It wasn’t until 2017 that we learned about FIRE and thought it was something maybe we would pursue. We took the first step which was to start tracking our spending more intentionally, and together. There was too much volatility in our 2017 spending for that to serve as our nest egg baseline. We also knew that our spending including lots of trimmable fat. That’s where we focused our energy in 2018, which we discussed in our annual review. Scheduled debt payoff like our auto loan and Ms. Vine’s undergraduate student loans, coupled with Ms. Vine’s fourth quarter job change, gave our monthly investments a big boost.

This year, 2019, is the test year for our nest egg target. We’re seeing spending stabilize and three months in, we’ve hit our monthly spending target. (Fun fact: our total spending in the first quarter of 2019 was less than our spending during the month of December 2018). It’s starting to look like our nest egg target is accurate and attainable, without requiring any painful sacrifices of what we most enjoy (like travel!).

We’ve been hard at work firming up our nest egg goal. Taking more inspiration from Our Next Life, we considered a two-phase approach to setting the goal number. To our surprise, the two phase approach allowed us to feel comfortable with a significantly decreased nest egg goal. Here’s why. Our phase 1 funds can be drawn down to near zero between early retirement and “traditional” retirement (traditional retirement being the earliest possible time we can access tax advantaged accounts). Meanwhile, our phase 2 funds will continue to compound, completely untouched, during those years of early retirement. The power of compounding never stops amazing us! The logistics of our plan–how much we’re investing, how we divide it between age-restricted, tax-advantaged accounts and unrestricted, taxable accounts, and our timeline– didn’t change. This is primarily because we still need to max out our 401k contributions for tax reasons. Even though we don’t strictly need that full amount of phase 2 money, it makes good financial sense to take advantage of favorable tax treatment. Based on the two phase calculation, we will likely achieve financial independence during the first half of 2023. We previously set our target date for early retirement as sometime before Mr. Vine reaches a milestone birthday in 2026.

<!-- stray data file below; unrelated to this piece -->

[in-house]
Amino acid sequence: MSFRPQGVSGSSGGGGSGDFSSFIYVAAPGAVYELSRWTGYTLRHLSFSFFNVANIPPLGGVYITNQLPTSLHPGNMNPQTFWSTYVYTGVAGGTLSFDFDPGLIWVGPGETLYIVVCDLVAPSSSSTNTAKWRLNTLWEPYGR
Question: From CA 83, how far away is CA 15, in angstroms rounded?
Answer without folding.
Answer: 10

Why not retire earlier, when we hit the nest egg goal? Maybe we will. But at this point, the time we plan to have left, with a career exit date during the first quarter of 2024, feels right for a few reasons. One of those reasons is that it’s two full years before Mr. Vine’s milestone birthday. Another reason is that we’ve decided to pay off our mortgage early and we need some time to accomplish that, without taking our foot off the gas on our other investments. Yet another reason, and perhaps the most important one, is that we have some mental preparation to do.

It seems crazy that the five year countdown is on! For so long, it felt like we were perpetually six-ish years away and that felt like a lifetime. Now we are at less than 60 months, dwindling by the week, and FIRE feels a lot closer.  What’s more mind-blowing yet is that we might have even less time; we won’t narrow down the exact timing of things like notice until we’ve reached our nest egg goal). But we’ve set a sort of “last reasonable exit date” as April 1, 2024. April Fools Day has a little bit of humor to it, and we arbitrarily picked this date back in 2017. When the solar eclipse happened in August of that year, we vowed to watch the next one (on April 8, 2024) from a friend’s house, a few hours’ drive from us, which also happens to be in the path of totality. We wanted to be retired when we did so we wouldn’t have to take time off work for the trip.

So that’s where we are, after a year of blogging and working towards FIRE. This year was full of growth and change. While Traveling Vines may not have achieved any remarkable numbers in its first year, we feel remarkably different after a year of writing here. Onward to Year 2!